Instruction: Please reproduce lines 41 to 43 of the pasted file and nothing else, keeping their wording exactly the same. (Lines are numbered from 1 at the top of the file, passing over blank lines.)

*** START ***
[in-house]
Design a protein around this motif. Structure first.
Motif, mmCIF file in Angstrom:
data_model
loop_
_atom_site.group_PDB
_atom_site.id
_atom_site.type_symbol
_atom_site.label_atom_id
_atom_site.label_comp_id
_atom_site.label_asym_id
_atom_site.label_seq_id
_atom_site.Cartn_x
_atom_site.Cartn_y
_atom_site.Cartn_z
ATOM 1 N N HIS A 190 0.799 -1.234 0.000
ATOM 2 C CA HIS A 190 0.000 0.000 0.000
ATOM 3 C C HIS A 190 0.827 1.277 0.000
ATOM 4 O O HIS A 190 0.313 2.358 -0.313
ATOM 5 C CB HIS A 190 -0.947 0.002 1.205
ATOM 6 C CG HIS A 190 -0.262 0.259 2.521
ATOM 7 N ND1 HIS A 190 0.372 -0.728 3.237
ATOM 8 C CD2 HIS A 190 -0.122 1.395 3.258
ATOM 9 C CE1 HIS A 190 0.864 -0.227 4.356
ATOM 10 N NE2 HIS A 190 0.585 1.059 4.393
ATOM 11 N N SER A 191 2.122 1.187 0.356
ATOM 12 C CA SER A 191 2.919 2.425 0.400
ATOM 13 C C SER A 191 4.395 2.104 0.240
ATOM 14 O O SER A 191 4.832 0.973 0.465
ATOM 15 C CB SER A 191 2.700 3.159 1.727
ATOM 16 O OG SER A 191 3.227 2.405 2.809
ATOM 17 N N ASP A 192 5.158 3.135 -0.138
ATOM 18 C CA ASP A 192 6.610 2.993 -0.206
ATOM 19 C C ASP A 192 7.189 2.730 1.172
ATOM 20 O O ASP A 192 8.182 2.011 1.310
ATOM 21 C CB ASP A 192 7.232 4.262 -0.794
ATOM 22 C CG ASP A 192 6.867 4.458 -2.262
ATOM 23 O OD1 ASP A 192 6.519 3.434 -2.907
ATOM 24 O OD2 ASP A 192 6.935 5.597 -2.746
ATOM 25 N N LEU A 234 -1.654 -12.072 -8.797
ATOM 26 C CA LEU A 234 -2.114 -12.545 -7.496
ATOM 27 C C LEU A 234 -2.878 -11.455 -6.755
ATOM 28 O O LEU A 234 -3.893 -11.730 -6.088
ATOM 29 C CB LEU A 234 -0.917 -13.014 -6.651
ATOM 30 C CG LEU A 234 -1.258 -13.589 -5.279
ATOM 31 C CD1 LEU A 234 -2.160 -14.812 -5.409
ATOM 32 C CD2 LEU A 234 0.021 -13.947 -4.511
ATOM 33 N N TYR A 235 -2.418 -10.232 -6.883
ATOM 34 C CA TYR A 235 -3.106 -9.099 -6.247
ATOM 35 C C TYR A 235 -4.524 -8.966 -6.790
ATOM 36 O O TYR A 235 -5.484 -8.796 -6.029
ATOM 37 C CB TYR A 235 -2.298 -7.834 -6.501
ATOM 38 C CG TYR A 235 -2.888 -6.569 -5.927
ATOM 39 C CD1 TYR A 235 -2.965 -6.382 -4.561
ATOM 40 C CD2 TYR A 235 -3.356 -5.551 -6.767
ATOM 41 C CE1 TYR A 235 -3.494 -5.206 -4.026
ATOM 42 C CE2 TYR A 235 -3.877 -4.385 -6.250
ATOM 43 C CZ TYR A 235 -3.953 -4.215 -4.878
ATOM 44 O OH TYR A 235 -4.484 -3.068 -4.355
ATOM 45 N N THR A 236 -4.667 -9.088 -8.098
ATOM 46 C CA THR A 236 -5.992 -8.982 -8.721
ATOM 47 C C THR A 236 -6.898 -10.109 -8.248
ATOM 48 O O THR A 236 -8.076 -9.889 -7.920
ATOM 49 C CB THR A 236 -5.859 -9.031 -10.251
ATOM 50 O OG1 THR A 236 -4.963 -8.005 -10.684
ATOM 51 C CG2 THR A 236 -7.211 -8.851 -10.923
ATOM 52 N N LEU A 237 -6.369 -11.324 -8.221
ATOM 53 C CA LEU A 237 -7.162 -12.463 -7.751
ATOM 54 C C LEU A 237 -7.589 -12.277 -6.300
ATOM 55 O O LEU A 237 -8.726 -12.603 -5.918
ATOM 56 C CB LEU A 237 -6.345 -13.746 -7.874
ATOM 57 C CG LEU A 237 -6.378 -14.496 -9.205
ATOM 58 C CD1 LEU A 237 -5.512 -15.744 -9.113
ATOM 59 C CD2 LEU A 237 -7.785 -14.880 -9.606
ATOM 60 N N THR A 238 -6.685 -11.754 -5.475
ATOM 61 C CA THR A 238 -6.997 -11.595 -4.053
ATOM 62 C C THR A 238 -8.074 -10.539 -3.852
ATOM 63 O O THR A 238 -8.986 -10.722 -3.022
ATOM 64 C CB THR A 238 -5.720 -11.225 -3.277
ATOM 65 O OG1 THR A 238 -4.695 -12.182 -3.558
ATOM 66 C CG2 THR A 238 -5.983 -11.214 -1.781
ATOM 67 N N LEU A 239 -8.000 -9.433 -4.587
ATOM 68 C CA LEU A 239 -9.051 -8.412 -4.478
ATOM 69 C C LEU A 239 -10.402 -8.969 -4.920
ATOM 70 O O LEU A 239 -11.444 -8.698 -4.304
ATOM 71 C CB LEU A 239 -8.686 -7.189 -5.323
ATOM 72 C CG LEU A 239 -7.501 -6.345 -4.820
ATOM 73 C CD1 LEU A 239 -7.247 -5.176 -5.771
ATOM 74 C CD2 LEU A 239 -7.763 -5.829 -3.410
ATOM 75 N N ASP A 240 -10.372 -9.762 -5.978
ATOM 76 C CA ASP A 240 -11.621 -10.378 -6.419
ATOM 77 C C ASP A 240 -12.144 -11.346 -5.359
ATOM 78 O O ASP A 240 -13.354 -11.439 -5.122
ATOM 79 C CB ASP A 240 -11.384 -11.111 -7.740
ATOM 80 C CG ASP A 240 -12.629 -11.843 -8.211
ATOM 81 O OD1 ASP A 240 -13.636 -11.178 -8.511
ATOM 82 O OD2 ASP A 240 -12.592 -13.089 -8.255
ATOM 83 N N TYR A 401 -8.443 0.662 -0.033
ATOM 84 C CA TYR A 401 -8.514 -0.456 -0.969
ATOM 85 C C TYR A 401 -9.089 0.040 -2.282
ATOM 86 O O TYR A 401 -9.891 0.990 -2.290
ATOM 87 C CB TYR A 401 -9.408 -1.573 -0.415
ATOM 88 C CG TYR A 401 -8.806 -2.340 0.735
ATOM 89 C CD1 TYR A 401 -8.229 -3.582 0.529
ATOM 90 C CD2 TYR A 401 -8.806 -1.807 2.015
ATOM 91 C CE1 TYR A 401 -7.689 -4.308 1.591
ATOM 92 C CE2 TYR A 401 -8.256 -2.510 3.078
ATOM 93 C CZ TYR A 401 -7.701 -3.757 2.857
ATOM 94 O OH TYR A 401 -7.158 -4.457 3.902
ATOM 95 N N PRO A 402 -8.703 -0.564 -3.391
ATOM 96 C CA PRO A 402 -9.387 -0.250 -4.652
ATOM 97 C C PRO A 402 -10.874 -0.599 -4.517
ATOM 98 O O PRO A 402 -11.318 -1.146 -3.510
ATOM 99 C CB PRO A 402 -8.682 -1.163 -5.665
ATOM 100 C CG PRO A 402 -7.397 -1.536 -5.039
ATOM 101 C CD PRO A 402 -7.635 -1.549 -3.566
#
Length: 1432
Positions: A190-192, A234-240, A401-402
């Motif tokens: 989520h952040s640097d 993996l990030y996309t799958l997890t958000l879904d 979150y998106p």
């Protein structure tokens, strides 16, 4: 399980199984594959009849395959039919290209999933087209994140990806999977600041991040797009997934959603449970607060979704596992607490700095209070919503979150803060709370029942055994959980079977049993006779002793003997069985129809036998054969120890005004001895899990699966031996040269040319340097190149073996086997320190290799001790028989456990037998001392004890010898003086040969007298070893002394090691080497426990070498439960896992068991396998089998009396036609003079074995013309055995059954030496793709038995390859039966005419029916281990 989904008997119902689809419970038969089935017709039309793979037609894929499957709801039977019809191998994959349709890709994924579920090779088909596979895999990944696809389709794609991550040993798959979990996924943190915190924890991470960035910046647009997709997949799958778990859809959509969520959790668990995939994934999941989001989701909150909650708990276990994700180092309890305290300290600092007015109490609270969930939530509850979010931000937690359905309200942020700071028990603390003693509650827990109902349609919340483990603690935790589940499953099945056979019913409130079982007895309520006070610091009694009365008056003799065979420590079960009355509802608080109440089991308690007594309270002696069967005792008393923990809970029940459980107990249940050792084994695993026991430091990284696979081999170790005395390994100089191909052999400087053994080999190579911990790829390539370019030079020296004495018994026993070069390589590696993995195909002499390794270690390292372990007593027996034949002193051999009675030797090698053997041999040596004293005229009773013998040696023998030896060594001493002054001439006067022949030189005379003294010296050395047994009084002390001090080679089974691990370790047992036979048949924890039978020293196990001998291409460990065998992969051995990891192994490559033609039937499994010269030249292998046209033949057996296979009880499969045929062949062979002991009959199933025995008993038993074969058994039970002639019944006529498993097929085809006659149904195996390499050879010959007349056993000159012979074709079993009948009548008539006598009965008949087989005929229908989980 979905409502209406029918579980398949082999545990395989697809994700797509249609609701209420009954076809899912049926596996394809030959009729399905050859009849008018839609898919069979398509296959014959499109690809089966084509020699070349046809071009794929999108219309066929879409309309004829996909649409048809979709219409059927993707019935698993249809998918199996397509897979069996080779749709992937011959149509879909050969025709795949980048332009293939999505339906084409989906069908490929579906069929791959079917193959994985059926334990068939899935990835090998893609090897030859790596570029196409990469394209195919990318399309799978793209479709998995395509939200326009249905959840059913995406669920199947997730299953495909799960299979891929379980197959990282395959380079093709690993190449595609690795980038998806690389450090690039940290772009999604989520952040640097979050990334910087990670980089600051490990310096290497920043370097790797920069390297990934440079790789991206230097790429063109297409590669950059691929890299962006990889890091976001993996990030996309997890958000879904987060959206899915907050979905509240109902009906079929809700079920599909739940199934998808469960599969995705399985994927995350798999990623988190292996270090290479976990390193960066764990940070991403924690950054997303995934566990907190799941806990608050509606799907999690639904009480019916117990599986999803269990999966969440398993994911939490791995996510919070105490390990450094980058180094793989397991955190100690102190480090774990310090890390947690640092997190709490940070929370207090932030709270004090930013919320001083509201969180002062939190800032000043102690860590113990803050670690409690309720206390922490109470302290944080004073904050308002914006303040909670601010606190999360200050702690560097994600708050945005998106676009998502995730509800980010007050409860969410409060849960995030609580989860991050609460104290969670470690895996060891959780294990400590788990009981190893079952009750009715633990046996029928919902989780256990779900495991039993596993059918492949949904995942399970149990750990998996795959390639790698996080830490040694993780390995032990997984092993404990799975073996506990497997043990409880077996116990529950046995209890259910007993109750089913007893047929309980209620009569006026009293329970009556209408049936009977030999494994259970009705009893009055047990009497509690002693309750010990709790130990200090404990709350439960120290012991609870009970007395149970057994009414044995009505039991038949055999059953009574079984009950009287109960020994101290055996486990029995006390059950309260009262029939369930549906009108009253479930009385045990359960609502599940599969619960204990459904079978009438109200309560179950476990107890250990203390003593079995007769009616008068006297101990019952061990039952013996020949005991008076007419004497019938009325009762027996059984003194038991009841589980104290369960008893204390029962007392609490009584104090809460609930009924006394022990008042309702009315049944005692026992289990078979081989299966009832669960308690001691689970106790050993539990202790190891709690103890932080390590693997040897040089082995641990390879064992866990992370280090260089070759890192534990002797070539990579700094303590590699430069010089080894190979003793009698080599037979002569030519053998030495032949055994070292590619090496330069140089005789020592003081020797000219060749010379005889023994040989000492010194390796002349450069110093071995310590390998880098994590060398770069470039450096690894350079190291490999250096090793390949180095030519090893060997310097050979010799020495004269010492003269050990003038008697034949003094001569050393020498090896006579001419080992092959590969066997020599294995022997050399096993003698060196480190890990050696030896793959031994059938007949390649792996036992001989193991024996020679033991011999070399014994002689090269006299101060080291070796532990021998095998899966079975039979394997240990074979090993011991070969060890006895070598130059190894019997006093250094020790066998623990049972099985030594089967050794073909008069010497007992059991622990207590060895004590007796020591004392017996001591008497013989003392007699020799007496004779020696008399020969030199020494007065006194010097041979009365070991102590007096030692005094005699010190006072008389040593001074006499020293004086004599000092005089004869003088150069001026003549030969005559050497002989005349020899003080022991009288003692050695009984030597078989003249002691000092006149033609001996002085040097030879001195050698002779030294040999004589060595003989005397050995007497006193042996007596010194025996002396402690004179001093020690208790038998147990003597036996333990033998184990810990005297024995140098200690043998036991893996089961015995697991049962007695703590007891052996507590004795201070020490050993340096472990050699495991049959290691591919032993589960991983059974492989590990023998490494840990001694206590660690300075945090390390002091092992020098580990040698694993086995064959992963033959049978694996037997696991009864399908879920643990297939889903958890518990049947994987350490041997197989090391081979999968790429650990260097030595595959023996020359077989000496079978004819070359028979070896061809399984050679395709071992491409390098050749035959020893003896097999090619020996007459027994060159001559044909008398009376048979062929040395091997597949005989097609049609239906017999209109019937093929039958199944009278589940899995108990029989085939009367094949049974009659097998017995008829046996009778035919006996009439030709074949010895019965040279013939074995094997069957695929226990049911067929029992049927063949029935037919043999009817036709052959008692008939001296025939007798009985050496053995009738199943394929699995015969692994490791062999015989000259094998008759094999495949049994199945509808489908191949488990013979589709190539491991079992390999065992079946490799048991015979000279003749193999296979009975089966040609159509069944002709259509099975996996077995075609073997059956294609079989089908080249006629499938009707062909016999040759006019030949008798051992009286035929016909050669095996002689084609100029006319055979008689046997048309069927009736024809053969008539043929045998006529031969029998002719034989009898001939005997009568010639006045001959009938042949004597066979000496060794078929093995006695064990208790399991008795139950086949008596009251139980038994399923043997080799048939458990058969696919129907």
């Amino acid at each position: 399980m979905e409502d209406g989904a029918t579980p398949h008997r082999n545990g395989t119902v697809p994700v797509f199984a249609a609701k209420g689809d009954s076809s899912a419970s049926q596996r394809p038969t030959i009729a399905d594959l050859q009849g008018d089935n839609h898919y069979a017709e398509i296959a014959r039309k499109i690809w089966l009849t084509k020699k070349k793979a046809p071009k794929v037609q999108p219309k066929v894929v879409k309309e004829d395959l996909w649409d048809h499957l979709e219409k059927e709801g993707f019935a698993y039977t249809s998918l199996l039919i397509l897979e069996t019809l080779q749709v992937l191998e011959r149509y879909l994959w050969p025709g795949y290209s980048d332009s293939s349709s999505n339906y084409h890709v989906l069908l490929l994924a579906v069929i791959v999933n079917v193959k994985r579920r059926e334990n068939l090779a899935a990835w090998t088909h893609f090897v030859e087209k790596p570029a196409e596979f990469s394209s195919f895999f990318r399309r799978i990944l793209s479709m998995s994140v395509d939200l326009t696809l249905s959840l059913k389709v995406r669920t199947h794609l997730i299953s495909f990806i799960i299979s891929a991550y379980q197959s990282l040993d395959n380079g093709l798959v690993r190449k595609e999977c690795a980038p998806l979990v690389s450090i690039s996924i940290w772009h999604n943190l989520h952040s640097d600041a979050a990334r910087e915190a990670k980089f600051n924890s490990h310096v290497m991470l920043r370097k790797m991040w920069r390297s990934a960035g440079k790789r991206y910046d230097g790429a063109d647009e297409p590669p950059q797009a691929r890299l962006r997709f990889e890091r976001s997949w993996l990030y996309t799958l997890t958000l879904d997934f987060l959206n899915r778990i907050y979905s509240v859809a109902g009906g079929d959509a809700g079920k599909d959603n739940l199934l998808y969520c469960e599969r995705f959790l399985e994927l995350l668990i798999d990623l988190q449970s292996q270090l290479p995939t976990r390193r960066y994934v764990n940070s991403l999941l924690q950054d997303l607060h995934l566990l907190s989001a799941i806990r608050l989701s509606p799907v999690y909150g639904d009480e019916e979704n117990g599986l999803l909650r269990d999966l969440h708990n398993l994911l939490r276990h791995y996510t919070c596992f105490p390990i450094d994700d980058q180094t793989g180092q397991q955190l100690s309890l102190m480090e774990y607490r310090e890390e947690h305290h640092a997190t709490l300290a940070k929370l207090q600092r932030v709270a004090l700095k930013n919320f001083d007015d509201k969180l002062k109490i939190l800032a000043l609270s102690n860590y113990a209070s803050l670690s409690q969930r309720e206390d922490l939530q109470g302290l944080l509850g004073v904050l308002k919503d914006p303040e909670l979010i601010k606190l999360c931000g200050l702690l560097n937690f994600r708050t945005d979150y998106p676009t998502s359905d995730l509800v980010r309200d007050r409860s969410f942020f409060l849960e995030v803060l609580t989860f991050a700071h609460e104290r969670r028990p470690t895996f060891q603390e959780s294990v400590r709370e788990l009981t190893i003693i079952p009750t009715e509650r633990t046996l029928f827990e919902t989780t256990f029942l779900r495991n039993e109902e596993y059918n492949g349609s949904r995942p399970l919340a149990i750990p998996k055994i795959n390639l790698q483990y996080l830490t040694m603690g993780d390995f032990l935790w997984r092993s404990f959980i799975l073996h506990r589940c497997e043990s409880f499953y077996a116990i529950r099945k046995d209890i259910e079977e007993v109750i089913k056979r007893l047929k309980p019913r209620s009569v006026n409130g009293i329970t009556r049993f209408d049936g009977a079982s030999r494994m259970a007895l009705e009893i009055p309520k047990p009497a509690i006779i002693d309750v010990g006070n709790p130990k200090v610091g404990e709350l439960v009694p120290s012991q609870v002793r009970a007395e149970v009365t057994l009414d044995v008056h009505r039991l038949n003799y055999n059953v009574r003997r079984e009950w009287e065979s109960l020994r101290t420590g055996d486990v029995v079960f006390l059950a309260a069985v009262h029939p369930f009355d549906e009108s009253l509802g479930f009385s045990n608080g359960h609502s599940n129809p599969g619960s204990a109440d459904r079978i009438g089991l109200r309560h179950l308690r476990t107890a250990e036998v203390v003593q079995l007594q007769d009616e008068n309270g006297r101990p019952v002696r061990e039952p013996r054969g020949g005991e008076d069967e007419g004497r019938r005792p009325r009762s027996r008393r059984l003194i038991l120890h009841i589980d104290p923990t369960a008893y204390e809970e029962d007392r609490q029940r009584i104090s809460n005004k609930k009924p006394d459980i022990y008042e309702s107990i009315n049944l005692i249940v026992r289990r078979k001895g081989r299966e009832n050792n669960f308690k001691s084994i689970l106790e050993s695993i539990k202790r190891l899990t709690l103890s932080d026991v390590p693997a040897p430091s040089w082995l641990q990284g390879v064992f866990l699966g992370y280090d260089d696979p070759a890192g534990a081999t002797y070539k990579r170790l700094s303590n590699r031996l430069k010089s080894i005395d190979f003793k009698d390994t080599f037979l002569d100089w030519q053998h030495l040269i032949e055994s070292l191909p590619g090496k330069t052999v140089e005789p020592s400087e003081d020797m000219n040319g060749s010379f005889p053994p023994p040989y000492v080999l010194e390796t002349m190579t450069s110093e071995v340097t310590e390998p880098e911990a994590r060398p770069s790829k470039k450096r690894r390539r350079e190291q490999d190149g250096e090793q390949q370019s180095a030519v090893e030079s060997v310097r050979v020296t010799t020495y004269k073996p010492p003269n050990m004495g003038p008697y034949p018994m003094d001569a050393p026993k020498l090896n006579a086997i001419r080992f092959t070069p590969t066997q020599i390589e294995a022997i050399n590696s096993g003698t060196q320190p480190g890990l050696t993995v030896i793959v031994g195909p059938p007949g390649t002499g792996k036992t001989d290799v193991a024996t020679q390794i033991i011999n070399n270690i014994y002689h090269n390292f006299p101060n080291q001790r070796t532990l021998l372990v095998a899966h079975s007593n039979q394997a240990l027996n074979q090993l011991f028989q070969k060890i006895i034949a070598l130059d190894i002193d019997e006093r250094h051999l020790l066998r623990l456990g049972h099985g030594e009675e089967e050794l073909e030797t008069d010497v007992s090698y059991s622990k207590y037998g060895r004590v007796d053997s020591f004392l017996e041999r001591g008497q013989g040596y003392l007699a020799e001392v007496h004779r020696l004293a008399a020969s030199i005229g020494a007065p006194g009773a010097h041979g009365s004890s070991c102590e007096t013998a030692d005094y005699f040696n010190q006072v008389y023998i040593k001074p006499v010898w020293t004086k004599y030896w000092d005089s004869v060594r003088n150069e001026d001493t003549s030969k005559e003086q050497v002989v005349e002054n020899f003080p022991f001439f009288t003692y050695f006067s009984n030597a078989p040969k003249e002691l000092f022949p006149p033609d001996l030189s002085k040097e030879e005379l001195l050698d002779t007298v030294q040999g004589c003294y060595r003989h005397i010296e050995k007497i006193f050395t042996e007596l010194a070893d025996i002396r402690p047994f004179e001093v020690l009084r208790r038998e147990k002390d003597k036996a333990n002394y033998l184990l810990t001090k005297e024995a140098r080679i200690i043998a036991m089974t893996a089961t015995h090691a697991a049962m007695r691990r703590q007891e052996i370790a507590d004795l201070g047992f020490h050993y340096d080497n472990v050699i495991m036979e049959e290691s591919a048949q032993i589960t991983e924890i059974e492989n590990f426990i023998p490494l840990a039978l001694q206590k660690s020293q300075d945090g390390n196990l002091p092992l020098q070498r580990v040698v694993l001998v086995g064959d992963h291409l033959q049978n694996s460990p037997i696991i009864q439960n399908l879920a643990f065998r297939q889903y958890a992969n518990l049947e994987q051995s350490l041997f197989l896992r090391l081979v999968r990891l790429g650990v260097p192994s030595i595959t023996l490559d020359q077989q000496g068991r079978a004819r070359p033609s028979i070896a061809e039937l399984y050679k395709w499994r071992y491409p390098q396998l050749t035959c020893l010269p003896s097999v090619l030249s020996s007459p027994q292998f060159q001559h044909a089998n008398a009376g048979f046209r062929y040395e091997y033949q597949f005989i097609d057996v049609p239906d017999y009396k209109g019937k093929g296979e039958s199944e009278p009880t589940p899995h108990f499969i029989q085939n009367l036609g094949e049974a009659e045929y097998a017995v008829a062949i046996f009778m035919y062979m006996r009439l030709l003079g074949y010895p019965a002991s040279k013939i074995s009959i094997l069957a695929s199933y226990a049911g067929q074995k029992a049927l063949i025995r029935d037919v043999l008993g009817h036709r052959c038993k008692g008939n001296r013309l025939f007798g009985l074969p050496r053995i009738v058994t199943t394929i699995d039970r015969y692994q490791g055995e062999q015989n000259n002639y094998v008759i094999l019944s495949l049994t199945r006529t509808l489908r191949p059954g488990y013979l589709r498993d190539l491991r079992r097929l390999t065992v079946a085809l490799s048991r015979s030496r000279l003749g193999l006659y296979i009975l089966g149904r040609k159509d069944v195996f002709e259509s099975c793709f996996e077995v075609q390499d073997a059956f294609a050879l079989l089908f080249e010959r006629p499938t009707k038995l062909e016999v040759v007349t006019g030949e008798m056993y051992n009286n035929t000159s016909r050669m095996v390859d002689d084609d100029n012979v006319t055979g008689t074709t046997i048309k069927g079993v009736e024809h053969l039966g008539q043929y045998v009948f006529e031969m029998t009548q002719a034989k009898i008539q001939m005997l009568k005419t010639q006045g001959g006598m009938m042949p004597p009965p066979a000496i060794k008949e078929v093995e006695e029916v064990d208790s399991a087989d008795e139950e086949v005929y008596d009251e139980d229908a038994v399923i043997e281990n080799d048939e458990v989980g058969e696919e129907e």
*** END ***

ATOM 26 C CA LEU A 234 -2.114 -12.545 -7.496
ATOM 27 C C LEU A 234 -2.878 -11.455 -6.755
ATOM 28 O O LEU A 234 -3.893 -11.730 -6.088